The first ID-branded electric car from Volkswagen is due to roll off the assembly line in Zwickau, Germany, later this year. In an effort to burnish its corporate image and extinguish the stain of its diesel cheating scandal, the company says production of cars and battery packs at that factory will be carbon neutral, using renewable energy whenever and wherever possible. It says doing so will eliminate more than 1 million tons of carbon dioxide annually from its manufacturing operations.
“Climate change is the greatest challenge of our times,” Thomas Ulbrich, who oversees electric vehicles for Volkswagen, said in a statement this week. “Truly sustainable mobility is feasible if we all want it and we all work on it.” The company says if there is not enough renewable energy to meet its goal, it will invest in renewable energy projects.
In addition to its membership in Ionity, which is building a network of fast chargers along European highways, the company in January created a new subsidiary called Elli that allows drivers to recharge their Volkswagen electric vehicles at home or work using renewable energy, according to Green Car Congress.
“As one of the world’s largest automakers, Volkswagen is going to force the pace of the urgently needed transport and energy transition to emission neutral e-mobility. The new company will play its part with energy offerings from renewable sources and smart charging solutions. This way, we are entering a strategically relevant, extremely exciting business area that offers considerable opportunities for strengthening ties with existing customers as well as accessing entirely new customer groups,” Ulbrich said in January when Elli was first announced.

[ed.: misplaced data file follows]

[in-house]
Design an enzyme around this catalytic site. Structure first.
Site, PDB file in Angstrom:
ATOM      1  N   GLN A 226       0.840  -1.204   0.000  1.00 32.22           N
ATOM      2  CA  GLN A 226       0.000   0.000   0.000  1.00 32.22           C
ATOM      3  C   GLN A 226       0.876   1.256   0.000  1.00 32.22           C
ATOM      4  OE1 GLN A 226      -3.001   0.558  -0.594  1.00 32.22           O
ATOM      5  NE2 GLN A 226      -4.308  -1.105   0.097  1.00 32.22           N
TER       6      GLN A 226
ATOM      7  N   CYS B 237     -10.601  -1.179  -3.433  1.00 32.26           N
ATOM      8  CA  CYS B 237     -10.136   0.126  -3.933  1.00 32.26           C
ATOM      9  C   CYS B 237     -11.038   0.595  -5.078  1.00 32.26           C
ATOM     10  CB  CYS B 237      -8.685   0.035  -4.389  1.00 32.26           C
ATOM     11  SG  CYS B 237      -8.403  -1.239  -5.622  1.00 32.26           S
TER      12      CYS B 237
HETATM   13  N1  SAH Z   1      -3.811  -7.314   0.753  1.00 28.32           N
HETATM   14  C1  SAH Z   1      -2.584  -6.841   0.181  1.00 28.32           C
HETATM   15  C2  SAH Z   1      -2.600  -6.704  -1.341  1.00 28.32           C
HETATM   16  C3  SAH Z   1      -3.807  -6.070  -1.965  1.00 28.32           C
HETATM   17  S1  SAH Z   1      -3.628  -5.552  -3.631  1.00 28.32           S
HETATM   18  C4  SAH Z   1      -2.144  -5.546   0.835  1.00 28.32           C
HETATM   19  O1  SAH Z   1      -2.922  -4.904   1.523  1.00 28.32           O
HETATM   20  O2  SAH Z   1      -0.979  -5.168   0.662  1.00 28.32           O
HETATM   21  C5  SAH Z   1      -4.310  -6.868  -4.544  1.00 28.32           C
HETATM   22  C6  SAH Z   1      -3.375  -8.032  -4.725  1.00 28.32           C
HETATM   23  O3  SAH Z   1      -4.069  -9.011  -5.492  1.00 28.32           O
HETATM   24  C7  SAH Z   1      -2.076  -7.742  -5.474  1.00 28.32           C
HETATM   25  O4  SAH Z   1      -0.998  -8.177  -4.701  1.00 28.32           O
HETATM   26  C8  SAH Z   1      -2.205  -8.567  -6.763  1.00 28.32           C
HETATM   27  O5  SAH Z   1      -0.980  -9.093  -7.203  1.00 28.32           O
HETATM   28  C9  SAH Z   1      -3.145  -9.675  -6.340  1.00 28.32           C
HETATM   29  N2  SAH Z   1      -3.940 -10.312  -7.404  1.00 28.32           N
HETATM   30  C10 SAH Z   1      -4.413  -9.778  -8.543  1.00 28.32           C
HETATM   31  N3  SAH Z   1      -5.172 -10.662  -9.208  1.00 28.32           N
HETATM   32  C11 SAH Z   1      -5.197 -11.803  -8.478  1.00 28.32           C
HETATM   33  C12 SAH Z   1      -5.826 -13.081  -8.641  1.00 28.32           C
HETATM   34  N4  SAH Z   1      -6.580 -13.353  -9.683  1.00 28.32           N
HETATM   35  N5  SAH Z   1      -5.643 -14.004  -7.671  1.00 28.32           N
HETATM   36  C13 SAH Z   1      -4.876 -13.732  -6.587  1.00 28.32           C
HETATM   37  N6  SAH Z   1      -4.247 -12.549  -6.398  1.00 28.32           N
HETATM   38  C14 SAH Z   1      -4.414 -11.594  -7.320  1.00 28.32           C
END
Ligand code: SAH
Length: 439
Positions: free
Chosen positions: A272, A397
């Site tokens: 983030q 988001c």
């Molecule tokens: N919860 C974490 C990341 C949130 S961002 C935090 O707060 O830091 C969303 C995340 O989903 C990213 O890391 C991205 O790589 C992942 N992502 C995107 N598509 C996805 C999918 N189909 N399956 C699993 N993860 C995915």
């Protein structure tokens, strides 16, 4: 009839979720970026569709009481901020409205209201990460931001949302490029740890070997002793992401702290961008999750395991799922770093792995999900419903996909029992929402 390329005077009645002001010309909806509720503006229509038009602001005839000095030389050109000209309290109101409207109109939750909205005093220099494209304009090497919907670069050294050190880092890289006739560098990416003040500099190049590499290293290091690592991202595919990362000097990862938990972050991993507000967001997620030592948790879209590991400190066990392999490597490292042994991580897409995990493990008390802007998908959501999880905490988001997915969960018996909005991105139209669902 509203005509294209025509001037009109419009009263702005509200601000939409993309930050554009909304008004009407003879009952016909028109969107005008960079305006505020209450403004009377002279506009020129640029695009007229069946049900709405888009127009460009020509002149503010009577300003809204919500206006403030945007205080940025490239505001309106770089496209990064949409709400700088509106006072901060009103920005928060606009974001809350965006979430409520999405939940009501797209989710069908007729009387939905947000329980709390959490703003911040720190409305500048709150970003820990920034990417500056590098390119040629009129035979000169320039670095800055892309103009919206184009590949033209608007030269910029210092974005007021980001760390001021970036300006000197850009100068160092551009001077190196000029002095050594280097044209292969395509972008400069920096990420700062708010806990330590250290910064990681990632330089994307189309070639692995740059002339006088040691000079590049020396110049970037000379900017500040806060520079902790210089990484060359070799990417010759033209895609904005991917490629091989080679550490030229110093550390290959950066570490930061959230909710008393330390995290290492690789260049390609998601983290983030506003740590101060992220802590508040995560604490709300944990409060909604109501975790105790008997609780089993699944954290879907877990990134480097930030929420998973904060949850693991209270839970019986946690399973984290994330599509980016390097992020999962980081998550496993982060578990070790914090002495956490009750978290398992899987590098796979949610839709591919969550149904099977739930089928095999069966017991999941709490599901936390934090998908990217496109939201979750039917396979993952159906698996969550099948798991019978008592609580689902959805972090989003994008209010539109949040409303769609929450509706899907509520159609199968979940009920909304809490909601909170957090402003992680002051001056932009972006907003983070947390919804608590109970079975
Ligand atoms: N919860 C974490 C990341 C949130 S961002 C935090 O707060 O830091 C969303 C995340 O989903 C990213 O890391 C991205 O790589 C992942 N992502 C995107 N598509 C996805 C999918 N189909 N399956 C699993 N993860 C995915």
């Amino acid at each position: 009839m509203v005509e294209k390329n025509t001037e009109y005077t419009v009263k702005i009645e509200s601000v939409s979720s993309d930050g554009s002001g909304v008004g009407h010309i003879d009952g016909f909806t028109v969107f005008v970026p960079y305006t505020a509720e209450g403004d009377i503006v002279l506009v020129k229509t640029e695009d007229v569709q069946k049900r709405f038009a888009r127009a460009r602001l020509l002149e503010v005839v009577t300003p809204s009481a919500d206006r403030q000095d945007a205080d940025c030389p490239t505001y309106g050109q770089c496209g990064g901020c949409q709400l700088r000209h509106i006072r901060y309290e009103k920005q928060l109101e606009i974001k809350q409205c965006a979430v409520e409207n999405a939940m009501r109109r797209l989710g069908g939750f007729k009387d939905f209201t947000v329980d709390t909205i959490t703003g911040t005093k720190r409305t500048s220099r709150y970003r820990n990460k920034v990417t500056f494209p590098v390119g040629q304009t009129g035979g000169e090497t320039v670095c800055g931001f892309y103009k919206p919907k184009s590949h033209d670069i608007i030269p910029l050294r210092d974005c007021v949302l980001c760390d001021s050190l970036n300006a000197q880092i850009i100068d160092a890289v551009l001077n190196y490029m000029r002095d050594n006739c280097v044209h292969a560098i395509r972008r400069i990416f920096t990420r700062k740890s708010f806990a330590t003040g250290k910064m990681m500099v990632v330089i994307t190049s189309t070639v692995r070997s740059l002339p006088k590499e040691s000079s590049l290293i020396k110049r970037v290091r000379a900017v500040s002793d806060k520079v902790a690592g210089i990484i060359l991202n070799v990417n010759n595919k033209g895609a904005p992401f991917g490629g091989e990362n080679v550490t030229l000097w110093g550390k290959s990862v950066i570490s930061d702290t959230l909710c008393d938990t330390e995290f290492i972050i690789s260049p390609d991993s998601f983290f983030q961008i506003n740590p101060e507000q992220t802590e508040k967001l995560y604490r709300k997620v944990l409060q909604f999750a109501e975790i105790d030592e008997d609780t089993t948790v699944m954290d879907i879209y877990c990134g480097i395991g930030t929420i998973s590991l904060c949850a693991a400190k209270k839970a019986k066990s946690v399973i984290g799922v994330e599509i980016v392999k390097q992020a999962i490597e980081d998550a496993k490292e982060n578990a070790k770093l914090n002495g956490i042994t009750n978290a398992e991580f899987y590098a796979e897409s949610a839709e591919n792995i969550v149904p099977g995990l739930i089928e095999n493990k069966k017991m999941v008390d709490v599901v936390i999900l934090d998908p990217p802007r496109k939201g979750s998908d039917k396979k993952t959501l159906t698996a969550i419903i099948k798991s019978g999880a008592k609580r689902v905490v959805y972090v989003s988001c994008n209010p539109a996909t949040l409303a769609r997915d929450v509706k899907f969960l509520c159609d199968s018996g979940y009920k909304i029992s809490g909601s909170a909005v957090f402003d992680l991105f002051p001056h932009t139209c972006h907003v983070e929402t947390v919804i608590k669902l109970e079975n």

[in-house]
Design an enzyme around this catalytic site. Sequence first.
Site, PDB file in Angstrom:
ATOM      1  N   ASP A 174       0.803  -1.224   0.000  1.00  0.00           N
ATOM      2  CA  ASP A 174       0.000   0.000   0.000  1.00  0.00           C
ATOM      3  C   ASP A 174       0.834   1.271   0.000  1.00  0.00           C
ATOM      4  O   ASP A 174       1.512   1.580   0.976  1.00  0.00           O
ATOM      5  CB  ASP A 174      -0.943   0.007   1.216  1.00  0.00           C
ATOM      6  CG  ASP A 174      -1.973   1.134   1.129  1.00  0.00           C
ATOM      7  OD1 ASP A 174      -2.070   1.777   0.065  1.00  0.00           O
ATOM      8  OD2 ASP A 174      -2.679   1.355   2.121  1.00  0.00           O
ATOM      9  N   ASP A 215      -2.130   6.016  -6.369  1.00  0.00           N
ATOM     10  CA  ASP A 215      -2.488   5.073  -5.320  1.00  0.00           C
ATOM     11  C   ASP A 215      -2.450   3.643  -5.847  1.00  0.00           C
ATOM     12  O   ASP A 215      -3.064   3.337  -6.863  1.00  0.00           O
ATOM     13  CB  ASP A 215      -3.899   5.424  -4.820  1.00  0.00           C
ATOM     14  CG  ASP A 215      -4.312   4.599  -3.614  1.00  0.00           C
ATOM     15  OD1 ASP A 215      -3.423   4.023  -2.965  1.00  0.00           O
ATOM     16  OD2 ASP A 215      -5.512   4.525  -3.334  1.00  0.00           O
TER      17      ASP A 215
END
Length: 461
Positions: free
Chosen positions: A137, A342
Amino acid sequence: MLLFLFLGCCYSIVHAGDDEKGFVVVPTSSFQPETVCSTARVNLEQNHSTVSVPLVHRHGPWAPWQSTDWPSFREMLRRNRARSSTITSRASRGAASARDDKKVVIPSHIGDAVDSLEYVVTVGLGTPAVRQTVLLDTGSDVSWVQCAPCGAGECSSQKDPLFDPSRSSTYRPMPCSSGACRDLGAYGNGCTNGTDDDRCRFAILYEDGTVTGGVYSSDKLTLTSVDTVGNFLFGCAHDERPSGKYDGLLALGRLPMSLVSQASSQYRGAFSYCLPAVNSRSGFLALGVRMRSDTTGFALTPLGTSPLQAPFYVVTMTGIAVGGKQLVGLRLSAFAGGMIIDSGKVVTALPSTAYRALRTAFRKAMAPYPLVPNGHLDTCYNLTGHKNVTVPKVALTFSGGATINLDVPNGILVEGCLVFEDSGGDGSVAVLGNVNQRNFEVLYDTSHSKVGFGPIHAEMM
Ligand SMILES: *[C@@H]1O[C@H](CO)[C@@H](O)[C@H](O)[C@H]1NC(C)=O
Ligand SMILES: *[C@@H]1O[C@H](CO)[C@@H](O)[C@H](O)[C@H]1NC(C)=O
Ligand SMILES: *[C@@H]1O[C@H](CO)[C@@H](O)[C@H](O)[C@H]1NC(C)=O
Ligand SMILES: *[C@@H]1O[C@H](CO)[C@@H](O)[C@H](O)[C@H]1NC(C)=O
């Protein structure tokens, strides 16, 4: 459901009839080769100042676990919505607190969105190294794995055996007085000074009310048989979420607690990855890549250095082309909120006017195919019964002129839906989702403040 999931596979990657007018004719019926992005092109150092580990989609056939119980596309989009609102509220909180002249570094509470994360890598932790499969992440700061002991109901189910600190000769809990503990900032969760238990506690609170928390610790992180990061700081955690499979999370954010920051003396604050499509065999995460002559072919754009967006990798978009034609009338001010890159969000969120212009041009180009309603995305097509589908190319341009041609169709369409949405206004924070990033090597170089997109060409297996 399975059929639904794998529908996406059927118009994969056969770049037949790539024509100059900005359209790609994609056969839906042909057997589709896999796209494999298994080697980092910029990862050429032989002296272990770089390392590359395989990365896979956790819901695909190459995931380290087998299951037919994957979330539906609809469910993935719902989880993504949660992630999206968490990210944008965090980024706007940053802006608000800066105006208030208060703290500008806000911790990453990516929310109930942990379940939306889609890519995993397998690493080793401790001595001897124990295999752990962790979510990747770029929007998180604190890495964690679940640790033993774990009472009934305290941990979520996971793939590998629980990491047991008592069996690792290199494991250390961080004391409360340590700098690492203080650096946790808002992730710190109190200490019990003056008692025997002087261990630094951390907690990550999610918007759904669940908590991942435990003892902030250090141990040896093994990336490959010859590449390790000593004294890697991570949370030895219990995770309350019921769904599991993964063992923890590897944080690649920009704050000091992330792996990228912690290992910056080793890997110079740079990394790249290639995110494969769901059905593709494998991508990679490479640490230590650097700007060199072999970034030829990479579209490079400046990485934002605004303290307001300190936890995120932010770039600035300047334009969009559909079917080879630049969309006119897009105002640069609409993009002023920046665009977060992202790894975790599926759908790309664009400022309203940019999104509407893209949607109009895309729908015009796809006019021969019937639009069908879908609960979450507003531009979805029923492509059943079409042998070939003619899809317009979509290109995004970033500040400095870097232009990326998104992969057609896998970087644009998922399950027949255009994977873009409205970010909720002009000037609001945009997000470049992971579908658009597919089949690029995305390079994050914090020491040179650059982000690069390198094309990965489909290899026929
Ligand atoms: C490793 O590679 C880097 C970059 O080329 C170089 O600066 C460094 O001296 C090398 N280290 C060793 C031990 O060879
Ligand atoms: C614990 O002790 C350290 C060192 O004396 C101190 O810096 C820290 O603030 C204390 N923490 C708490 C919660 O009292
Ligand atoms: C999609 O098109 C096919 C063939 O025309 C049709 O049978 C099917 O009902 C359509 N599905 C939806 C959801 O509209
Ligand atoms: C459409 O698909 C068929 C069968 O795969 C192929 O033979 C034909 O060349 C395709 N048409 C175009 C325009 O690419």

Thorsten Nicklaß is the first head of Elli. He says, “Our mission is to take e-mobility out of its niche and to place it firmly in the mainstream. The name Elli stands for ‘electric life,’ because we intend to enable a lifestyle that fully integrates the electric car in people’s everyday lives. This approach could be compared with the use of a mobile phone, which is taken for granted nowadays.”
Upping The Ante
We here at CleanTechnica often complain that the German auto industry is issuing lots of press releases filled with happy talk but not accomplishing much in the way of forward progress on electric cars. Volkswagen, at least, seems to have gotten the bit between its teeth and is pulling hard in the right direction. The designs for its proposed ID models are fresh and appealing. It is building a new factory for electric cars in Tennessee and targeting other EV factories in Europe and China.
At a media event in Dresden on February 15, Christian Senger, head of the electric car effort for Volkswagen Group, said his company now expects to produce 15 million electric cars during the first wave of its electric car rollout, according to a report by Bloomberg. That’s a 50% increase over the original production targets it announced when the MEB chassis was first introduced.
Volkswagen also plans to introduce an entry-level electric car that sells for less than $23,000. No doubt it won’t be as flashy as a Tesla Model 3 Performance model, but it could be the opening salvo in the war to bring affordable electric cars to middle- and low-income customers. For the moment, we are inclined to give Volkswagen the benefit of the doubt that it is serious about leading the electric car revolution. That’s something that didn’t seem remotely possible when Dieselgate broke in September of 2015.